Skannd Tyagi spoke about the “New, Emerging and Strategic Technologies” division (NEST), which was set up by the Indian Ministry of External Affairs and provided a roadmap for businesses that create technologies used to advance the country’s geopolitical objectives.  “India is a thriving market, and we cannot afford to spurn the progress due to Western companies’ technology protectionism, sanctions and other restrictions. Such approach provides Russian companies with the opportunity to diversify Indian technology imports and Indian IT companies, with the opportunity to meet the demands of the Russian market. We need a civil union between the residents of the two countries to build an internationally important power. India is the world’s youngest country in terms of workforce, and soon it will become the world’s third largest economy. Indian people think this is the perfect time to deepen business relations between Russia and India,” he pointed out.

There is a need for market diversification, but it is important not to go to the opposite extreme, that is, full autonomy and gated alliances, which usually stop the progress, Alexey Gruzdev believes. He stressed the importance of creating regional technology alliances in particular and spoke of the plans to create the BRICS Center for Industrial Competencies in cooperation with UNIDO. The goal is to create a unified and open technology database, train professionals, and develop relevant standards. Mr. Gruzdev pointed out that the cooperation with the EAEU and CIS member states in the field of technological innovations is actively developing.

“Restoration of global supply chain operations is a rather utopian goal, like the one to replace all imports or, better yet, as they now say, ‘outpace’ all imports. Therefore, we should choose the fields of higher payment processing vulnerability, such as the SWIFT payment system. The first way of solving the problem is to build alternative payment systems in cooperation with our partners. And the second way is through digital financial assets (DFAs). DFAs could theoretically save us from the sanction pressure put on payments. There are obviously plenty of issues to address here, but they should be dealt with as soon as possible, for example, via experimental legal regimes. The USA, for instance, is already learning to cull ‘wrong’ DFAs from depersonalized data sets and toss them out of payments,” Anna Sharipova noted.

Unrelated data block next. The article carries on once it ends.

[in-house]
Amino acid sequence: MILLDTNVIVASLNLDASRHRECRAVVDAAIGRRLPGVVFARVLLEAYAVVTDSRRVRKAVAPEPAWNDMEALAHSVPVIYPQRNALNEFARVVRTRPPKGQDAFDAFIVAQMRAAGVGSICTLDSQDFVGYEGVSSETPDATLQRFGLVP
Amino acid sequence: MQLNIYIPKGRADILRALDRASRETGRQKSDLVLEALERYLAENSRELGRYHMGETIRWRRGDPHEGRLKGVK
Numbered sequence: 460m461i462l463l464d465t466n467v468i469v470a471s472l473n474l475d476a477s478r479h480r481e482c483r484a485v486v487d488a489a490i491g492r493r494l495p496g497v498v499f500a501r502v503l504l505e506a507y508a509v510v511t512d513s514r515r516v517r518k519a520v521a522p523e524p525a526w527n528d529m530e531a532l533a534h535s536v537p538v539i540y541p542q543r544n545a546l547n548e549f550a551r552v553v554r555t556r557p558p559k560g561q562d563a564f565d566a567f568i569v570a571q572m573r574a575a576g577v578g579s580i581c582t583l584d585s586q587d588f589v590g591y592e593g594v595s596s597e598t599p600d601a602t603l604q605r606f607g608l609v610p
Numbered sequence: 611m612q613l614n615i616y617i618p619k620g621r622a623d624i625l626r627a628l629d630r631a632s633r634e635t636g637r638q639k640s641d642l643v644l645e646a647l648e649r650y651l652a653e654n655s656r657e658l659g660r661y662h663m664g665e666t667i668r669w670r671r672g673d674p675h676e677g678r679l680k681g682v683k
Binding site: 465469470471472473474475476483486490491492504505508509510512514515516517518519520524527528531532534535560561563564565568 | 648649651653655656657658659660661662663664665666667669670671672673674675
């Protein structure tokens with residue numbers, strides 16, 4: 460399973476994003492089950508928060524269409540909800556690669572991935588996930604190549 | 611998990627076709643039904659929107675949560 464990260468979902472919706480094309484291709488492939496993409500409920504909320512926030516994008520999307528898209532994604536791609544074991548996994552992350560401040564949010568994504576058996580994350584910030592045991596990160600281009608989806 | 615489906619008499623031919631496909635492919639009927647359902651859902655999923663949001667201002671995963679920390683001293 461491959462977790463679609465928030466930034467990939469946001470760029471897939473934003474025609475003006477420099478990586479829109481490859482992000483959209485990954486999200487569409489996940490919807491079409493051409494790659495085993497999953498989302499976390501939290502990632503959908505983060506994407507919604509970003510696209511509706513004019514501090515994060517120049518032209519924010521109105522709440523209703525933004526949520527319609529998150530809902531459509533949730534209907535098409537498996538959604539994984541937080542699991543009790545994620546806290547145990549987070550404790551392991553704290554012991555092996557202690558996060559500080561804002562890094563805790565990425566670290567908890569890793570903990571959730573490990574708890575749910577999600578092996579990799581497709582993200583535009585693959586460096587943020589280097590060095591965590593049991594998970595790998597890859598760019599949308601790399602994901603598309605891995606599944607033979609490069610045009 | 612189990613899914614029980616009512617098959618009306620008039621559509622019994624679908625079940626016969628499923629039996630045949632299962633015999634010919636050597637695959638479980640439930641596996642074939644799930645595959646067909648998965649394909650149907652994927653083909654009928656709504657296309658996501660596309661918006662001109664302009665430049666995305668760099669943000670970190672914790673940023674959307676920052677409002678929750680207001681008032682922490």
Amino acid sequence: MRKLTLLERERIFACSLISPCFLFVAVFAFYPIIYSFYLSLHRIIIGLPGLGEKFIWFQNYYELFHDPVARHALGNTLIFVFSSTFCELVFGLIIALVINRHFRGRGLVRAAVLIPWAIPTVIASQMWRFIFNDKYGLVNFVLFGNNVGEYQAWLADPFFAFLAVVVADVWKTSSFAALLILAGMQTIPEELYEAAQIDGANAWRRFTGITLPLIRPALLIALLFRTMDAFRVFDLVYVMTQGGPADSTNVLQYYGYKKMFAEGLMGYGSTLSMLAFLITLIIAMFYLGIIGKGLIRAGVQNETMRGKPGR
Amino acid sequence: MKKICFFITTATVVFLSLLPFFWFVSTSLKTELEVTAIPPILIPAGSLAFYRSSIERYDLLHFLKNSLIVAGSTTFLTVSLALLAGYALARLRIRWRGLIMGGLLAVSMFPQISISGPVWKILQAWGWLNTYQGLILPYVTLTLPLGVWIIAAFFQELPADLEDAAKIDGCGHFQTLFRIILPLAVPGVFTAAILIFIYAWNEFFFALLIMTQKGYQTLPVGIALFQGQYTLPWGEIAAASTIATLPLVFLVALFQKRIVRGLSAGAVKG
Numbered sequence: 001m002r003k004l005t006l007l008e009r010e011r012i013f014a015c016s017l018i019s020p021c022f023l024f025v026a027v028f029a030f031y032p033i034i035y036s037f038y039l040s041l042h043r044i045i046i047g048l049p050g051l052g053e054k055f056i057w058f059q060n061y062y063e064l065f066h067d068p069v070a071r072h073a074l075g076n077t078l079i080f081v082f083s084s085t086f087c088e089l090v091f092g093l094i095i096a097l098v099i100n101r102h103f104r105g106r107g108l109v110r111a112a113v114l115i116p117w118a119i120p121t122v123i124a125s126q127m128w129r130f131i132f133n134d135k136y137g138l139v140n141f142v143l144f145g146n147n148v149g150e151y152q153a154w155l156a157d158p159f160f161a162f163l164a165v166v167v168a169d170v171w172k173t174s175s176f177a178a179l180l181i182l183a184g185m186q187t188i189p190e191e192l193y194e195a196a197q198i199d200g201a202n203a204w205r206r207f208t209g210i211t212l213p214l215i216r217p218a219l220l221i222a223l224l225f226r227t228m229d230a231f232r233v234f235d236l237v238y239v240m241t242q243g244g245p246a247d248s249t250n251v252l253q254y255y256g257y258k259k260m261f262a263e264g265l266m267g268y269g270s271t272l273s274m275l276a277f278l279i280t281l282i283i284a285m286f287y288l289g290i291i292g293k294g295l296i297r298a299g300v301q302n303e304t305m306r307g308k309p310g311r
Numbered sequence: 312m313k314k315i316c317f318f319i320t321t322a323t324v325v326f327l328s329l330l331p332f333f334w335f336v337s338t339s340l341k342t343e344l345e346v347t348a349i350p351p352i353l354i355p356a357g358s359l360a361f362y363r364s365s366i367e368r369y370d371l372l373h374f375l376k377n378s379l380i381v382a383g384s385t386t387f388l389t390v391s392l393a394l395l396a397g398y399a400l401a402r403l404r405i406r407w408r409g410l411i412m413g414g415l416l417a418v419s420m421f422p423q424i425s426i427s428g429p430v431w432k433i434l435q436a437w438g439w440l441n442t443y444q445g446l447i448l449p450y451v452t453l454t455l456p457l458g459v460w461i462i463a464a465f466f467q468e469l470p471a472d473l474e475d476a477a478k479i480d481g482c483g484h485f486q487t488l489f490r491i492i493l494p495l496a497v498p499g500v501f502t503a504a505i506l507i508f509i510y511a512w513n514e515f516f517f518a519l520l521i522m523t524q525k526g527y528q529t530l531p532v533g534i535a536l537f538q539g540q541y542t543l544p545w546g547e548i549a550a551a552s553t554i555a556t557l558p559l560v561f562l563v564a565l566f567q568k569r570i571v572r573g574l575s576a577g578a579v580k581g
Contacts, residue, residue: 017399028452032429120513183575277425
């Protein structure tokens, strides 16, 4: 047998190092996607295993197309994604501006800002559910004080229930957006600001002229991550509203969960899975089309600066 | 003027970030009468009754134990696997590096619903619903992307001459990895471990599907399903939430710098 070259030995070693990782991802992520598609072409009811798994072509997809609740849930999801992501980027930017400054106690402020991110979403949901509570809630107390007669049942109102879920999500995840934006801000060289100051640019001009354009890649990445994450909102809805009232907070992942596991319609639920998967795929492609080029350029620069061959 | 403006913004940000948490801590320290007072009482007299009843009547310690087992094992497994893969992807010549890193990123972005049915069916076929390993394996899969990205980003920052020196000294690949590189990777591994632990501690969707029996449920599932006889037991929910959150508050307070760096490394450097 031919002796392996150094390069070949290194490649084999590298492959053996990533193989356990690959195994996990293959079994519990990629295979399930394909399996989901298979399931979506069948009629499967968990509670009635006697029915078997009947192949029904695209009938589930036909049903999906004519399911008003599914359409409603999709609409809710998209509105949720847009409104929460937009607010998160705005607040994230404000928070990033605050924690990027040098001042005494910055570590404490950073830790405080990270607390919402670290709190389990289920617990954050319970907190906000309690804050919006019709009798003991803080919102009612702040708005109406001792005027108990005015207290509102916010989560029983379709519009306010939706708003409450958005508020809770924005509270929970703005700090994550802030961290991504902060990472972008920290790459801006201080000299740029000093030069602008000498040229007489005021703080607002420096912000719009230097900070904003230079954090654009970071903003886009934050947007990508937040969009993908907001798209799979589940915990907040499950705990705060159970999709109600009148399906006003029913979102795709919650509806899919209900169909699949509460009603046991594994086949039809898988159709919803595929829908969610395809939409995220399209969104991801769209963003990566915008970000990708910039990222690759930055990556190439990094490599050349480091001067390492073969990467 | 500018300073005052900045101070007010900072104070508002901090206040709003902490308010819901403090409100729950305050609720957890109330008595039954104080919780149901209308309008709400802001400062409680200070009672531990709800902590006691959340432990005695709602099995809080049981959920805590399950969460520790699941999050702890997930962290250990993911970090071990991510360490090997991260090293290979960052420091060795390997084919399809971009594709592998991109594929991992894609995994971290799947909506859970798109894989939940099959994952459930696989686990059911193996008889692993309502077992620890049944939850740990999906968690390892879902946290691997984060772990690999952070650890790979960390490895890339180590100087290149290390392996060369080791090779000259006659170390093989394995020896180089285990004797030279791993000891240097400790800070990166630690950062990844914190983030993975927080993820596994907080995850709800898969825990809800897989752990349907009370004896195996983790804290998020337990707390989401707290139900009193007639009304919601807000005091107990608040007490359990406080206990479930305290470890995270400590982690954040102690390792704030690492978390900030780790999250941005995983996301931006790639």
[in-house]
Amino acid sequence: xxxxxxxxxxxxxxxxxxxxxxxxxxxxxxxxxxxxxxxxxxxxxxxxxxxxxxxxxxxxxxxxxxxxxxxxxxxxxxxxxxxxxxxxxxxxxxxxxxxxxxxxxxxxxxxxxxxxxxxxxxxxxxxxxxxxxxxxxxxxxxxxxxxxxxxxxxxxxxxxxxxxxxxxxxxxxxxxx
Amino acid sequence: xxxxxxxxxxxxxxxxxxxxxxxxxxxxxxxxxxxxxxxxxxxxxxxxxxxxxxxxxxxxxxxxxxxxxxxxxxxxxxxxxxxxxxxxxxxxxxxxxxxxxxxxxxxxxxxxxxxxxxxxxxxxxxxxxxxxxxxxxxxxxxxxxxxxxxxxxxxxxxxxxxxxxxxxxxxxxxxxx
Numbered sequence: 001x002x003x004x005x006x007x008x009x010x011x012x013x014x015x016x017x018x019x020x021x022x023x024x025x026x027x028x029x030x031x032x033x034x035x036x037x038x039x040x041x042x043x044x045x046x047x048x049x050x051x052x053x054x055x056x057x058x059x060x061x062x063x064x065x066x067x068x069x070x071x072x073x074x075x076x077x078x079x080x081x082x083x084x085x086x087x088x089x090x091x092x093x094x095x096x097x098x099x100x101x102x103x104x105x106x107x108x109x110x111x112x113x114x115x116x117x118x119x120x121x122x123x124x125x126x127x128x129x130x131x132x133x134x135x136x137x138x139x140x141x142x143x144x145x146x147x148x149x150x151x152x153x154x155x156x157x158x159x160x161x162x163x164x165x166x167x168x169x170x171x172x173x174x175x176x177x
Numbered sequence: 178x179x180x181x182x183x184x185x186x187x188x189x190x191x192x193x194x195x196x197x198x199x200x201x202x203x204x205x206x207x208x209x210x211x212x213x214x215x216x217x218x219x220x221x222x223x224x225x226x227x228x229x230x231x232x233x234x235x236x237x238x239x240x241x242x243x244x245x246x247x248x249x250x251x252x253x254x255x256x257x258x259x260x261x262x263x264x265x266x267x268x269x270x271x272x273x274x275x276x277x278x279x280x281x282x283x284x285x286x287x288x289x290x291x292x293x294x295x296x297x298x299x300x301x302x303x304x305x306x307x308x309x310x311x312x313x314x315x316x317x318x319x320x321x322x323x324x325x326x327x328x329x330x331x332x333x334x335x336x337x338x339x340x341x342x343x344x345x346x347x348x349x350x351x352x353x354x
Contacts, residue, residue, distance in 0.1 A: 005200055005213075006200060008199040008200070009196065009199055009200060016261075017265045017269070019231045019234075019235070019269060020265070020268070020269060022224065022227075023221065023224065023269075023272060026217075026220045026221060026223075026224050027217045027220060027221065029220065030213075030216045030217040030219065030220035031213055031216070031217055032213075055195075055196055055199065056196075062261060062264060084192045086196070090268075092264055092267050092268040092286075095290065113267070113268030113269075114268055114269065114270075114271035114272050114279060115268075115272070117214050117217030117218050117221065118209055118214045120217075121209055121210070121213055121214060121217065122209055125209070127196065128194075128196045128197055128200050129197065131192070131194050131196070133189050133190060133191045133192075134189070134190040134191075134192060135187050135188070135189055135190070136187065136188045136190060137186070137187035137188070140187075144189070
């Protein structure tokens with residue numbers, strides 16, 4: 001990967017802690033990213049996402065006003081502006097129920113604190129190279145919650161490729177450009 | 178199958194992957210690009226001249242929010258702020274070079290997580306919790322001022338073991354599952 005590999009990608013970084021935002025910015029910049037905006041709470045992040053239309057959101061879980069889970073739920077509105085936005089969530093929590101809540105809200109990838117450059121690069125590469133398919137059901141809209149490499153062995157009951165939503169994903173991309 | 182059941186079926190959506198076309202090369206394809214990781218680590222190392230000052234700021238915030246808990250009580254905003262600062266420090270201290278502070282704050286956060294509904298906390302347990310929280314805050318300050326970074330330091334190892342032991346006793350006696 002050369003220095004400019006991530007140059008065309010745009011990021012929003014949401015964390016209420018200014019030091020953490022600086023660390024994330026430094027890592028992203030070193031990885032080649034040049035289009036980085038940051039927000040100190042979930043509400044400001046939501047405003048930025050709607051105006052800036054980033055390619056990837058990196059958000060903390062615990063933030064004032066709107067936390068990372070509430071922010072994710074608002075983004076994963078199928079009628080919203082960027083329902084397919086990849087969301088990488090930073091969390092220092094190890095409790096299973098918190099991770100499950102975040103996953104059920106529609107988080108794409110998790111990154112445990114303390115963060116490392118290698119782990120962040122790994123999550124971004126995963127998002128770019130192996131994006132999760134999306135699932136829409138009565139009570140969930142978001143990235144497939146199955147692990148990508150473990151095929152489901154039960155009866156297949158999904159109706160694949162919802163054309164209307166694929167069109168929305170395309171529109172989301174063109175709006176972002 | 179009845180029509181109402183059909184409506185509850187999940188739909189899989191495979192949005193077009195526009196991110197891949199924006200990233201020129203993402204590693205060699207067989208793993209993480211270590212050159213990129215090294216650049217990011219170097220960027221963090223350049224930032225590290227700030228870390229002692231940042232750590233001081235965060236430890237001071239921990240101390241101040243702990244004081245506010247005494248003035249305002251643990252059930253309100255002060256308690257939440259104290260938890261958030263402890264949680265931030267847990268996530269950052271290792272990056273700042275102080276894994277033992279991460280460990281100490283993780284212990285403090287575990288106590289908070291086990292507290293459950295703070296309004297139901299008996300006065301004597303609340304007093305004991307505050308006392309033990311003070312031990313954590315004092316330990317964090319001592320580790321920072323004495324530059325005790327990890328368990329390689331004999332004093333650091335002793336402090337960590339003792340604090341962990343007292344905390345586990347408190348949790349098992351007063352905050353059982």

Andrey Davidyuk spoke of the challenges and pitfalls small and medium-sized enterprises face when entering foreign markets. “If a medium-sized company ‘rubs shoulders’ with a more influential market player, such as a state corporation, to expand abroad, that will immediately reposition us, since we will then be able to participate in various government programs,” he added.

The Eastern Economic Forum 2022 takes place on 5–8 September 2022 on Russky Island (Vladivostok). It is a key international platform for establishing and strengthening economic ties, primarily in the Asia-Pacific region. This year’s forum will bring together delegates from over 60 countries. “On the Path to a Multipolar World” is the main theme of the EEF 2022. The program offers over 70 business events, such as panel sessions, roundtables, televised debates, and business dialogues.